Tim Adams discovers whether Howard Shultz’ plans are good deeds, or just froth
Howard Schultz, the founder, chairman, president and chief executive of the Starbucks Coffee Company, has a way with parables. This morning at the American embassy in Kigali, the capital of Rwanda, he is telling, to a group of young Rwandan entrepreneurs, the various stories by which he makes sense of the phenomenal success that is his life.
Those of us who have been travelling with Schultz for a day or two among the subsistence coffee farmers of the world’s 15th poorest country have heard most of the stories before, but they are told with such a conviction, both humble and zealous, that each time is like the first.
The stories include the one about Schultz’s dad, a truck driver who used to distribute and collect nappies in Brooklyn; one time his dad got sick and lost his job; they had no health insurance and the family and his father went on the rocks.
(Schultz vowed that day that if he ever owned a business, health insurance for all employees would be a priority.
“I often ask people,” he says, “what is the biggest item on the Starbucks balance sheet?” Everyone answers coffee. In fact it is health: a $300m a year premium for American employees.)
Another story describes the evening that Schultz - who, at 55, has retained some of his college quarterback good looks - went, as a teenager, to take a wealthy girl out on a date; all was going well until her father asked Schultz where he lived. He explained he lived in the Projects - in public housing - in Brooklyn, and the girl’s father winced as if he had been struck. Schultz has never forgotten that wince.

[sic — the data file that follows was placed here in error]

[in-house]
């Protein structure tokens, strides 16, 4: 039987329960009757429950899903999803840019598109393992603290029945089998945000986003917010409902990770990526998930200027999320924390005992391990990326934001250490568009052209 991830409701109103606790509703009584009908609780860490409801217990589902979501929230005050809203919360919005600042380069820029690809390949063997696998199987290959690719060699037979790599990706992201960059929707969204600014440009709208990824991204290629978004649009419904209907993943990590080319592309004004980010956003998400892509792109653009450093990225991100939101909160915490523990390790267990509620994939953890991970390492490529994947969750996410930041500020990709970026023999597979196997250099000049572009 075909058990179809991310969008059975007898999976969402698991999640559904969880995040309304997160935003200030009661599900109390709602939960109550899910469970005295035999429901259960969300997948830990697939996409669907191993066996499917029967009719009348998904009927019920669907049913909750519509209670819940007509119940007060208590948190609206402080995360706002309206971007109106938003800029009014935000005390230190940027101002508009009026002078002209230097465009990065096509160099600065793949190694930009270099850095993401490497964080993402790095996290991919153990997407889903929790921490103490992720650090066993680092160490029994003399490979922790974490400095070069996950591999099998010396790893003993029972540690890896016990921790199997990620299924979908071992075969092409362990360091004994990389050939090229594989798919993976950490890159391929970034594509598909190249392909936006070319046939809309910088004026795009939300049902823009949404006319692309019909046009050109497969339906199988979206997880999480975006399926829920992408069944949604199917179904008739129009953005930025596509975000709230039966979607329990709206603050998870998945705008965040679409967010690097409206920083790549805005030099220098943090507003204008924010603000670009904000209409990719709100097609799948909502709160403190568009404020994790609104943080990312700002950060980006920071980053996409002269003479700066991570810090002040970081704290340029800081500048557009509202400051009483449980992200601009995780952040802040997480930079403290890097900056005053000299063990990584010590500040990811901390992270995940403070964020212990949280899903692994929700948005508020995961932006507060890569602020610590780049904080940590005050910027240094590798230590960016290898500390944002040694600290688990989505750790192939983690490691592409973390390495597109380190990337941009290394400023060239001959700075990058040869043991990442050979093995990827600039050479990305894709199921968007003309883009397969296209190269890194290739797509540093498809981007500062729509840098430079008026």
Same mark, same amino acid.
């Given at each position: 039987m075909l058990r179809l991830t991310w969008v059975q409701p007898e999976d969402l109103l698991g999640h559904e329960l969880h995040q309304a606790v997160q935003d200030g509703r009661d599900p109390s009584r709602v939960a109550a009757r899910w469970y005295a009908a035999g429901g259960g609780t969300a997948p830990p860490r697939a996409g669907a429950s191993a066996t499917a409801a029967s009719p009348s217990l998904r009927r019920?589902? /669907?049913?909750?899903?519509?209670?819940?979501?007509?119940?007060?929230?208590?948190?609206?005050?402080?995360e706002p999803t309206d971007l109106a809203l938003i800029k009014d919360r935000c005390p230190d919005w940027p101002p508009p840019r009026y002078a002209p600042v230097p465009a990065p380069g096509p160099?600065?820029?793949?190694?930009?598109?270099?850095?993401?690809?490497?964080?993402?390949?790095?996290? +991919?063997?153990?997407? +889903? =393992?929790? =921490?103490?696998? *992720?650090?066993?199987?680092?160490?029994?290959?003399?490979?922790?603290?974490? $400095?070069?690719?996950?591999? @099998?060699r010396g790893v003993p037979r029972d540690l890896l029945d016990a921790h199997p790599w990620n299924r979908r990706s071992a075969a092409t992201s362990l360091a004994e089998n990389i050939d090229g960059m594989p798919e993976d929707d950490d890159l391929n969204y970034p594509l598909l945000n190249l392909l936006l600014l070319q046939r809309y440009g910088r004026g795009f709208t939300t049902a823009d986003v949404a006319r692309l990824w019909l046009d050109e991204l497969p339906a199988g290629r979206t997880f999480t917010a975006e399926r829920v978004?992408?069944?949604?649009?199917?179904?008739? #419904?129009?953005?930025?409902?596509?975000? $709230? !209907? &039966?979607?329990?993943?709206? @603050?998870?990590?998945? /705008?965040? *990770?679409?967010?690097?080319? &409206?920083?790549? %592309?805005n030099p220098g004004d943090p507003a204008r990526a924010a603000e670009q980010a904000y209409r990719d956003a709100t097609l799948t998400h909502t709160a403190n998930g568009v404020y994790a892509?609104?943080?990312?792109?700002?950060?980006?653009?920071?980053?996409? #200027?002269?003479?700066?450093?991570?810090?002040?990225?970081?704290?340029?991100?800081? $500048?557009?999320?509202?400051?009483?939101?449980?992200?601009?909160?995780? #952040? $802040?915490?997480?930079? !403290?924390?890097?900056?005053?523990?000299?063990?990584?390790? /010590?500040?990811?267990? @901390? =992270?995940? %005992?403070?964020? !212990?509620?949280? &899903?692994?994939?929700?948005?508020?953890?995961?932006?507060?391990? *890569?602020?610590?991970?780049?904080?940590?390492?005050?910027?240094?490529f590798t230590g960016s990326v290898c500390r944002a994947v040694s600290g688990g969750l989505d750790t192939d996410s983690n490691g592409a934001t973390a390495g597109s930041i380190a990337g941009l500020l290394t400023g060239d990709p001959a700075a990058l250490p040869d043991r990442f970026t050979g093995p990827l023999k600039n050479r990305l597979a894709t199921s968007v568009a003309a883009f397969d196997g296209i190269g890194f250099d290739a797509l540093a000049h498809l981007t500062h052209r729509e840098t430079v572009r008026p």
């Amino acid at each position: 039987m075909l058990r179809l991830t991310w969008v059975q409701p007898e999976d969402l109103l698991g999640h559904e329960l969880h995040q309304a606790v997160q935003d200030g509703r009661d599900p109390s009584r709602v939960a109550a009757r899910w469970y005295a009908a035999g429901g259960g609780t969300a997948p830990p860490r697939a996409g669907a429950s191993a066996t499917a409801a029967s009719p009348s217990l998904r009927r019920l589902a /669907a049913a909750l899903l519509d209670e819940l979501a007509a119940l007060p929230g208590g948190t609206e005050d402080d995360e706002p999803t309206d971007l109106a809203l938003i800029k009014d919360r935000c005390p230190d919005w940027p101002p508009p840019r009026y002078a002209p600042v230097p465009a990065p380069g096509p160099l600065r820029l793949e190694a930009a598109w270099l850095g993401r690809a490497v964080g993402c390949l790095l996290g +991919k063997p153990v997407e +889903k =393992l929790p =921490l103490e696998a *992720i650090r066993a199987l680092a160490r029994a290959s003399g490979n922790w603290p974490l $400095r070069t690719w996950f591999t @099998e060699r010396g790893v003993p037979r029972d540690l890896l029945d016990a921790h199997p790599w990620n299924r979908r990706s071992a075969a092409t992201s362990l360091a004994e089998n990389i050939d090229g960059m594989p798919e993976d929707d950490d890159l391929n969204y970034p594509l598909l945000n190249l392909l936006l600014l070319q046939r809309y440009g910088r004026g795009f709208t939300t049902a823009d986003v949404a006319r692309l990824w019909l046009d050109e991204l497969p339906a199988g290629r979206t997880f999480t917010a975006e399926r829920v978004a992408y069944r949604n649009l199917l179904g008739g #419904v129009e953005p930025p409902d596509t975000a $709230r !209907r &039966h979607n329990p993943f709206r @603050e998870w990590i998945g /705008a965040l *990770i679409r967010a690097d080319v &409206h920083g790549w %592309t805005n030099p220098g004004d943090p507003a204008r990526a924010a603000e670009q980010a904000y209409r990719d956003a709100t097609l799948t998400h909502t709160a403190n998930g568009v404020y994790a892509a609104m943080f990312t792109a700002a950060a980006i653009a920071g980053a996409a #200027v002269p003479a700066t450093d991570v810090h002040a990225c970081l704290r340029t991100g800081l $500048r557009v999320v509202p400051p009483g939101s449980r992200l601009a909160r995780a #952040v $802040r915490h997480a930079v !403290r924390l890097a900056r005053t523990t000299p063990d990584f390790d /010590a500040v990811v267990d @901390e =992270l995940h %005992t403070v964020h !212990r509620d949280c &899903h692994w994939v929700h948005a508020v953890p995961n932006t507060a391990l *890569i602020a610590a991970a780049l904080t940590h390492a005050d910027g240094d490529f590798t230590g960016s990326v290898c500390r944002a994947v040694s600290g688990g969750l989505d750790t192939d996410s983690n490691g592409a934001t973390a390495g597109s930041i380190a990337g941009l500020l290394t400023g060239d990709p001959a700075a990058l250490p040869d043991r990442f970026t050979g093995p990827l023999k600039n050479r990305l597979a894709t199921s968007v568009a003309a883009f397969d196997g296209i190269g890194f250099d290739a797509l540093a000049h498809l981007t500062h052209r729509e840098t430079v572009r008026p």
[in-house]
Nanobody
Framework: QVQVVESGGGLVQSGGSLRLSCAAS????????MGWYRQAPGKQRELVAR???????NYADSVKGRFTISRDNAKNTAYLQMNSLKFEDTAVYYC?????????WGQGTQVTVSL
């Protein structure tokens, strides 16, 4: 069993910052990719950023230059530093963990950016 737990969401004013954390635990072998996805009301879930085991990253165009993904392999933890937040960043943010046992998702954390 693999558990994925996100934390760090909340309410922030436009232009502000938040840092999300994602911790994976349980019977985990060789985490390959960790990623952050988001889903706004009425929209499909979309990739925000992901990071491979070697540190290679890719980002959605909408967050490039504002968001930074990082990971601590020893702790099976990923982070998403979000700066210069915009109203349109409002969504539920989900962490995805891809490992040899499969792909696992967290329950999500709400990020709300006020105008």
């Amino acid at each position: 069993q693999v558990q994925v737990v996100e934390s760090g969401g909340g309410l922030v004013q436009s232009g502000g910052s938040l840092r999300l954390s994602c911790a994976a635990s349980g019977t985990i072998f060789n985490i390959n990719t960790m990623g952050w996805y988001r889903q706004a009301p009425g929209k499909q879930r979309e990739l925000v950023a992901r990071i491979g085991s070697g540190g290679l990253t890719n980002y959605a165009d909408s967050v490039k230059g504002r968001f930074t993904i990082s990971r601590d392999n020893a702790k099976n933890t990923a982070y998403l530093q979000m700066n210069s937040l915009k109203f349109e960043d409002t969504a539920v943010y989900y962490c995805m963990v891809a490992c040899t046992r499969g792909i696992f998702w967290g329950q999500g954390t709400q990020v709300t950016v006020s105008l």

The intent of these stories, today and every day, is to let his audience know, and to remind himself, that Howard Schultz once had nothing, that he was nobody; that he has known your despair and frustration; that he is the living embodiment of the American dream.
It works.For this morning’s talk, given to the packed room of young businessmen and women, the stars of Rwanda’s slowly emerging middle class, Schultz adds a few stories that he has picked up from his time in the country.
The first is about a woman we had met at a coffee co-operative the day before. Schultz had sat with her and asked if she could have anything in the world, what would it be?
The woman had answered quietly that she dreamt of owning a cow. The answer seemed so prosaic to Schultz that he was momentarily stunned. He still seems so now, as he describes it. A cow?
The other story that Schultz cannot get out of his head he heard at a charitable refuge called Project Rwanda. A woman he met there had been among the girls who had been raped during the Rwandan genocide of 1994, and when she had become pregnant she had been abandoned by what was left of her family.
She was HIV positive and lived in a one-room hut with the daughter she had carried to term, now 15, and the five children of her murdered brothers and sisters, whom she had adopted.
She supported her children by getting up at dawn and buying onions from a wholesaler and then sitting all day at the market, trying to sell them.